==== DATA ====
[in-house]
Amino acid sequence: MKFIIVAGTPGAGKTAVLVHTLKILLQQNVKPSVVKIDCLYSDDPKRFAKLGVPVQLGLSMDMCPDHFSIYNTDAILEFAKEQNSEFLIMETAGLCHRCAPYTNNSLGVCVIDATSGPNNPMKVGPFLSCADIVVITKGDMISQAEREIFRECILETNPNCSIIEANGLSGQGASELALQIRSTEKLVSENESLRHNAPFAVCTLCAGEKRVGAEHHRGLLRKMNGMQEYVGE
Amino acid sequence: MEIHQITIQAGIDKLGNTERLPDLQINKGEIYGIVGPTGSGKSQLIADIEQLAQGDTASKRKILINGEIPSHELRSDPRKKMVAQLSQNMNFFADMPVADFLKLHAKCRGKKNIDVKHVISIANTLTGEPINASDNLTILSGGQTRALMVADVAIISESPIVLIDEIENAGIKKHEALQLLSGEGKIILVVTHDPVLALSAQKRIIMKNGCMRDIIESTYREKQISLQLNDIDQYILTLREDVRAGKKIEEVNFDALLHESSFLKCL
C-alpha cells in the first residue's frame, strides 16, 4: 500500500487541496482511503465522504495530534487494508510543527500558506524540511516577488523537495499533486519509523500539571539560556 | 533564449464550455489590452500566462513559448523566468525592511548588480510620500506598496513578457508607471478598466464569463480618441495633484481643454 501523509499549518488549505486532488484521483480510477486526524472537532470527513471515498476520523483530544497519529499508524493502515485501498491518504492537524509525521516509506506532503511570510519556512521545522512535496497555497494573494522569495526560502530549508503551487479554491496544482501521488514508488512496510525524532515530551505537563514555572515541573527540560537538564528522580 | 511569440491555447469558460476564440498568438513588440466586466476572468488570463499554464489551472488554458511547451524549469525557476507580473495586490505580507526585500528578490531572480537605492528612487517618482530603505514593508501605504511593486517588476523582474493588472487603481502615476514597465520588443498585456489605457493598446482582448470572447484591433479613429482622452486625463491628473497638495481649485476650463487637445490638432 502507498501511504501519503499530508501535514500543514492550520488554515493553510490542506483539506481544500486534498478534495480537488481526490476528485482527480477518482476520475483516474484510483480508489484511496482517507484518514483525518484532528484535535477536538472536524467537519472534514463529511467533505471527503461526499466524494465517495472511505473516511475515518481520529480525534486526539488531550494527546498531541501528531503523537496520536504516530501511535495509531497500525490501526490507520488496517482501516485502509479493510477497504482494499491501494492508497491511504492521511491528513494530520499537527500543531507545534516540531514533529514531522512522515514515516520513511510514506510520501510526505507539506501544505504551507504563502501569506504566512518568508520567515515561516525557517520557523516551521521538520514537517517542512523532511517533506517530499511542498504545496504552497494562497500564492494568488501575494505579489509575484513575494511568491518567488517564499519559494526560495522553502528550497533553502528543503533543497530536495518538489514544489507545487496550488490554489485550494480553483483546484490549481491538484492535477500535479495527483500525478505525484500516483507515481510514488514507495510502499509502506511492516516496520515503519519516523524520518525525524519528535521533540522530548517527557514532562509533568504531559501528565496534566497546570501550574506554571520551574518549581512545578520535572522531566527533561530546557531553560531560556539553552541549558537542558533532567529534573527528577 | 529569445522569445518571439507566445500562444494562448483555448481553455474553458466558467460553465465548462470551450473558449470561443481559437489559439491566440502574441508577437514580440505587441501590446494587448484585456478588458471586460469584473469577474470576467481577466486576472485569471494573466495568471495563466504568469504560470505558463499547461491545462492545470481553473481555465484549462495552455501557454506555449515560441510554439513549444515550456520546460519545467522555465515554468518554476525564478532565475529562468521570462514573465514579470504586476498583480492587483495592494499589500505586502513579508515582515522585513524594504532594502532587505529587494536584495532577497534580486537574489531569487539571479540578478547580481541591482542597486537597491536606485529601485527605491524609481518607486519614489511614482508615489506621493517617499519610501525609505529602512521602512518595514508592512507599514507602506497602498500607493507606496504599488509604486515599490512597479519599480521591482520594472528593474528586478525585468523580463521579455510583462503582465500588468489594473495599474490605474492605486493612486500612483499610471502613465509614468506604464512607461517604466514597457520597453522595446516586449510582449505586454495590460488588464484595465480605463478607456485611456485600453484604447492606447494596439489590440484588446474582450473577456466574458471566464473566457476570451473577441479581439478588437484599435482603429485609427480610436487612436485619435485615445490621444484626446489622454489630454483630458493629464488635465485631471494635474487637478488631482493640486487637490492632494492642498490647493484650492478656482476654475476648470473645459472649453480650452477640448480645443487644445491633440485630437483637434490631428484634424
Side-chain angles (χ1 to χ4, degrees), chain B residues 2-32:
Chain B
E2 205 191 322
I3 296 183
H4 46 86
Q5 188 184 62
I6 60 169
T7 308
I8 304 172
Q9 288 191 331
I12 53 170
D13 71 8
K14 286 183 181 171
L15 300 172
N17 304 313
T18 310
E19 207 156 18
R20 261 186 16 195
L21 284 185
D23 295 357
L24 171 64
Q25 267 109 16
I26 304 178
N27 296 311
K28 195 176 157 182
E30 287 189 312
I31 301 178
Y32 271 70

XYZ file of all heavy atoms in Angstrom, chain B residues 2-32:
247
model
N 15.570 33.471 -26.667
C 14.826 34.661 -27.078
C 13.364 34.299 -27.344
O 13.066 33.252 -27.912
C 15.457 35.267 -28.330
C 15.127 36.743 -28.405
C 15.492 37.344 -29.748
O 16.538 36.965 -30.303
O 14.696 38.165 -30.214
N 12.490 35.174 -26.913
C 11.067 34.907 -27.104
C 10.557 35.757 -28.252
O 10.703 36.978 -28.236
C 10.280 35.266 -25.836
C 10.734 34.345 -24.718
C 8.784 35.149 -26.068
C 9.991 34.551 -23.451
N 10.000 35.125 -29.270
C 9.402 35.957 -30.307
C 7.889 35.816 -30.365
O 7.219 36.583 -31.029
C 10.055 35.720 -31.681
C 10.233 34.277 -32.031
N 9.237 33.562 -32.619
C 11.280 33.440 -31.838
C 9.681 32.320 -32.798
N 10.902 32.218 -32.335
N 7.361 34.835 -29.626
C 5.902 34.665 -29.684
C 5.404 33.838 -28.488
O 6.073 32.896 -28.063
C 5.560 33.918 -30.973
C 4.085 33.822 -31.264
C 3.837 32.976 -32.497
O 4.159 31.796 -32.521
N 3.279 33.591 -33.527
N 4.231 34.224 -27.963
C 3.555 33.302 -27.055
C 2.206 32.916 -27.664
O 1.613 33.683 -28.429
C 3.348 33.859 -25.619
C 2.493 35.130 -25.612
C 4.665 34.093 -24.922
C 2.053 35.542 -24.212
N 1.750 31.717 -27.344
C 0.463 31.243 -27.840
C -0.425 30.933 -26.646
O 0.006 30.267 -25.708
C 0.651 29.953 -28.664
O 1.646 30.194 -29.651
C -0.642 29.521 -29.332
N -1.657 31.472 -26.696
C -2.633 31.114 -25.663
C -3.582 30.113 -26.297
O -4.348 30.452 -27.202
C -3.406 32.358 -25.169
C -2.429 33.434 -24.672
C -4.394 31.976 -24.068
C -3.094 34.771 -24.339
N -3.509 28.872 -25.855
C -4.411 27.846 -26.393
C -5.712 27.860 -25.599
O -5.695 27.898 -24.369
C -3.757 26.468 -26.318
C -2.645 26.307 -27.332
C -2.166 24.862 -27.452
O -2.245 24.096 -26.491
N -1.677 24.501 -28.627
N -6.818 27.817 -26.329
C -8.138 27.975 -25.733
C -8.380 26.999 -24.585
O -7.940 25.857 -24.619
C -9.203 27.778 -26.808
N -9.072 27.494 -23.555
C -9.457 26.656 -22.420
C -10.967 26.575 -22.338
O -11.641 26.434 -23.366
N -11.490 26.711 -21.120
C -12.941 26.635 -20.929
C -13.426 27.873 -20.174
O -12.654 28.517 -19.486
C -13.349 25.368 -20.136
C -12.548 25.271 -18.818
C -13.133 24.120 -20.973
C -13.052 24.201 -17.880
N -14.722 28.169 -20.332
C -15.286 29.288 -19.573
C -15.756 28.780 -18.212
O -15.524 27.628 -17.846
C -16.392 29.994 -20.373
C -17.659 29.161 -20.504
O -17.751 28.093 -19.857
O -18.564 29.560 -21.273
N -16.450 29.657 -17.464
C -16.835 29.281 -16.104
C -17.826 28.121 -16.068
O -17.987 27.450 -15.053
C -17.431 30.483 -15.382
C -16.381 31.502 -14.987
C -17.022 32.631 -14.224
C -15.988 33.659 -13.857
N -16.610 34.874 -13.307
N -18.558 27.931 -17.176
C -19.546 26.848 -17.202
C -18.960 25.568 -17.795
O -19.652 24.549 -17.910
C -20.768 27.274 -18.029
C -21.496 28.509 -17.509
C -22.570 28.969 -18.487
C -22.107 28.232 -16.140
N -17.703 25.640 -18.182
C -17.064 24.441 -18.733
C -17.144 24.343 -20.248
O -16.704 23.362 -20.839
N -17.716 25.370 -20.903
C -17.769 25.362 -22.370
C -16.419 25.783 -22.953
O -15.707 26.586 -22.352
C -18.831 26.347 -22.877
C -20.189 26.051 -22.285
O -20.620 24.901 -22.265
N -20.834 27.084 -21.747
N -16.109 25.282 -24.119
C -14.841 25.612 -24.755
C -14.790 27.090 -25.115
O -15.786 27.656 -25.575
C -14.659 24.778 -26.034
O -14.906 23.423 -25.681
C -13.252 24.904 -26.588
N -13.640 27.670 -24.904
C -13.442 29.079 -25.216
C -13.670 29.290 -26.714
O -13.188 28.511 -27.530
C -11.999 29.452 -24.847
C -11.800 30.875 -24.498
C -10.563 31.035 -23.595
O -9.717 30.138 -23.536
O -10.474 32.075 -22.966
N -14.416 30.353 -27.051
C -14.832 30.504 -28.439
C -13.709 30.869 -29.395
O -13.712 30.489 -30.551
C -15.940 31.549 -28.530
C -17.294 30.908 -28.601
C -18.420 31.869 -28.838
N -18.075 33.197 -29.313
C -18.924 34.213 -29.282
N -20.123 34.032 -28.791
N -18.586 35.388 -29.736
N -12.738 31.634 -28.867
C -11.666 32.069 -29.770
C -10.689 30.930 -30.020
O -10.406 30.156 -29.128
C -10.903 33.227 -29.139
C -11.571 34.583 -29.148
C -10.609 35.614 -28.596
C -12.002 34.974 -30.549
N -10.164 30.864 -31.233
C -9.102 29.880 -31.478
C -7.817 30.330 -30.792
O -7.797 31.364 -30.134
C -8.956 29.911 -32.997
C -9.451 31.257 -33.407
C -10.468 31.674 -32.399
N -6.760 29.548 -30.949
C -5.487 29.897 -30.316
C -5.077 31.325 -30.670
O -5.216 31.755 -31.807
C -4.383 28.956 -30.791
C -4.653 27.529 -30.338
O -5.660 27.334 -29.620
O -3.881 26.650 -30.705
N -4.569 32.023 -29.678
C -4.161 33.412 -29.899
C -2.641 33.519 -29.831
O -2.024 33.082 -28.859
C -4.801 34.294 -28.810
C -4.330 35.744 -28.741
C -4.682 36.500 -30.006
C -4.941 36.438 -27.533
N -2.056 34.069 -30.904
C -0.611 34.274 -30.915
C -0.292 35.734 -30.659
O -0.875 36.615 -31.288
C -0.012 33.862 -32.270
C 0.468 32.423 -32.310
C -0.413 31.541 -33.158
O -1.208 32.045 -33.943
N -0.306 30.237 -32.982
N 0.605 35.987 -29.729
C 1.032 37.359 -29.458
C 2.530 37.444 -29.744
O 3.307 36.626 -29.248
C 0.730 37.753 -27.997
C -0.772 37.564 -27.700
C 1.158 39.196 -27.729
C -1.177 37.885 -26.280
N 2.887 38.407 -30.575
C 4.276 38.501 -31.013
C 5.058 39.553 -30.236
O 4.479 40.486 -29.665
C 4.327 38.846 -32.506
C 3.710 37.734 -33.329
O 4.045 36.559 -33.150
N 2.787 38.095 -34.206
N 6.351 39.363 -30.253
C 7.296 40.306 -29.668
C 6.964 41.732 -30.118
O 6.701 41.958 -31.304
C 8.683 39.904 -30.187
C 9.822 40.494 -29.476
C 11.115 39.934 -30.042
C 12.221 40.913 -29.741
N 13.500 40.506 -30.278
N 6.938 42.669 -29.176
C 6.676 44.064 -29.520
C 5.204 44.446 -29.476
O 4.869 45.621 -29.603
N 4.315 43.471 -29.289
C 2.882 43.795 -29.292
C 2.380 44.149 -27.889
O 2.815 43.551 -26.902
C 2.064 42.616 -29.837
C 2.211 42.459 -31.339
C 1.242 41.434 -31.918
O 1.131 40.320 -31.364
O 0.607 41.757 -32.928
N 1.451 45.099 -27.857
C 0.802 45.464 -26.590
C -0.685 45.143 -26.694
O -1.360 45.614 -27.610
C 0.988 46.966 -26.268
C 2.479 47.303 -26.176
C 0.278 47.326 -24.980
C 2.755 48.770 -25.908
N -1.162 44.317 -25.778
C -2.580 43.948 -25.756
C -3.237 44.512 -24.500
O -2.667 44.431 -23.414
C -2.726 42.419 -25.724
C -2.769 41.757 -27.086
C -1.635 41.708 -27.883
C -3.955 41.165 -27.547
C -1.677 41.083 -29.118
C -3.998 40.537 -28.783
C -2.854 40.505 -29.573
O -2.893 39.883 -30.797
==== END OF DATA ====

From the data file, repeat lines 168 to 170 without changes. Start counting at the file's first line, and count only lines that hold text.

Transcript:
O -13.188 28.511 -27.530
C -11.999 29.452 -24.847
C -11.800 30.875 -24.498